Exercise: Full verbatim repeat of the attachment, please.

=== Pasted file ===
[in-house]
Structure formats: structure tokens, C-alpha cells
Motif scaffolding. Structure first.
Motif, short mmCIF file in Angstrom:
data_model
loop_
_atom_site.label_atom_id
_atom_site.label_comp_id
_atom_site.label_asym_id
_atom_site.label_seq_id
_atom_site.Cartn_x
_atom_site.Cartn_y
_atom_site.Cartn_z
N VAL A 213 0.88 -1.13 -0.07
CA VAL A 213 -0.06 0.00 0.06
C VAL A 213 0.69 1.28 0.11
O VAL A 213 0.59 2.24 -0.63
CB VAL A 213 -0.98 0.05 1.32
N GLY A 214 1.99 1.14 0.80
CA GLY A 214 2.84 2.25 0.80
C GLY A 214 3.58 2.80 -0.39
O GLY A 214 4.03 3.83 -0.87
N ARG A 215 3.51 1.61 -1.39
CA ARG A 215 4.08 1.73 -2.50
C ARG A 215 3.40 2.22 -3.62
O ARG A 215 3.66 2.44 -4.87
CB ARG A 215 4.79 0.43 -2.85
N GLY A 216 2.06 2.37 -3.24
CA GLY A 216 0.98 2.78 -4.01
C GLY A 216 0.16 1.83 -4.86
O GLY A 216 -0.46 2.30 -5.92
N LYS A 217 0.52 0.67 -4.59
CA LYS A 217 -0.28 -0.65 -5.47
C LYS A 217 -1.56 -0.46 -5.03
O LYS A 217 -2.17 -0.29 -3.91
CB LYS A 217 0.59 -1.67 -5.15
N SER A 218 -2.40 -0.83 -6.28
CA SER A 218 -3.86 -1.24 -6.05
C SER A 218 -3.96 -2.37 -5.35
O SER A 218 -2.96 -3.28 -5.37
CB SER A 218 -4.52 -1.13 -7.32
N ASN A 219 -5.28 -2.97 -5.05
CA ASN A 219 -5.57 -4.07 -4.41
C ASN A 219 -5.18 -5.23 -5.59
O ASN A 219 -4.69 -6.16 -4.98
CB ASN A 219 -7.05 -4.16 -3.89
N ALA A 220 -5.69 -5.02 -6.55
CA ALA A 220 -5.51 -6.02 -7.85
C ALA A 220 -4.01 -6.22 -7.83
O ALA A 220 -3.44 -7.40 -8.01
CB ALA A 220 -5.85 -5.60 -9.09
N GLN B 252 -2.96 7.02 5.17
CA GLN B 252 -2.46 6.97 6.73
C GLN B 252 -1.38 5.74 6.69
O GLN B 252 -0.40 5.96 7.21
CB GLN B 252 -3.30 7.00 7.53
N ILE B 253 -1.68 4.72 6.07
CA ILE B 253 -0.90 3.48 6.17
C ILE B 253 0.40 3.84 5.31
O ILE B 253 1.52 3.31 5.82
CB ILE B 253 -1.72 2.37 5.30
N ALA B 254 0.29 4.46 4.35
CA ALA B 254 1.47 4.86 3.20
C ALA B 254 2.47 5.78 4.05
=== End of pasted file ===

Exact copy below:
[in-house]
Structure formats: structure tokens, C-alpha cells
Motif scaffolding. Structure first.
Motif, short mmCIF file in Angstrom:
data_model
loop_
_atom_site.label_atom_id
_atom_site.label_comp_id
_atom_site.label_asym_id
_atom_site.label_seq_id
_atom_site.Cartn_x
_atom_site.Cartn_y
_atom_site.Cartn_z
N VAL A 213 0.88 -1.13 -0.07
CA VAL A 213 -0.06 0.00 0.06
C VAL A 213 0.69 1.28 0.11
O VAL A 213 0.59 2.24 -0.63
CB VAL A 213 -0.98 0.05 1.32
N GLY A 214 1.99 1.14 0.80
CA GLY A 214 2.84 2.25 0.80
C GLY A 214 3.58 2.80 -0.39
O GLY A 214 4.03 3.83 -0.87
N ARG A 215 3.51 1.61 -1.39
CA ARG A 215 4.08 1.73 -2.50
C ARG A 215 3.40 2.22 -3.62
O ARG A 215 3.66 2.44 -4.87
CB ARG A 215 4.79 0.43 -2.85
N GLY A 216 2.06 2.37 -3.24
CA GLY A 216 0.98 2.78 -4.01
C GLY A 216 0.16 1.83 -4.86
O GLY A 216 -0.46 2.30 -5.92
N LYS A 217 0.52 0.67 -4.59
CA LYS A 217 -0.28 -0.65 -5.47
C LYS A 217 -1.56 -0.46 -5.03
O LYS A 217 -2.17 -0.29 -3.91
CB LYS A 217 0.59 -1.67 -5.15
N SER A 218 -2.40 -0.83 -6.28
CA SER A 218 -3.86 -1.24 -6.05
C SER A 218 -3.96 -2.37 -5.35
O SER A 218 -2.96 -3.28 -5.37
CB SER A 218 -4.52 -1.13 -7.32
N ASN A 219 -5.28 -2.97 -5.05
CA ASN A 219 -5.57 -4.07 -4.41
C ASN A 219 -5.18 -5.23 -5.59
O ASN A 219 -4.69 -6.16 -4.98
CB ASN A 219 -7.05 -4.16 -3.89
N ALA A 220 -5.69 -5.02 -6.55
CA ALA A 220 -5.51 -6.02 -7.85
C ALA A 220 -4.01 -6.22 -7.83
O ALA A 220 -3.44 -7.40 -8.01
CB ALA A 220 -5.85 -5.60 -9.09
N GLN B 252 -2.96 7.02 5.17
CA GLN B 252 -2.46 6.97 6.73
C GLN B 252 -1.38 5.74 6.69
O GLN B 252 -0.40 5.96 7.21
CB GLN B 252 -3.30 7.00 7.53
N ILE B 253 -1.68 4.72 6.07
CA ILE B 253 -0.90 3.48 6.17
C ILE B 253 0.40 3.84 5.31
O ILE B 253 1.52 3.31 5.82
CB ILE B 253 -1.72 2.37 5.30
N ALA B 254 0.29 4.46 4.35
CA ALA B 254 1.47 4.86 3.20
C ALA B 254 2.47 5.78 4.05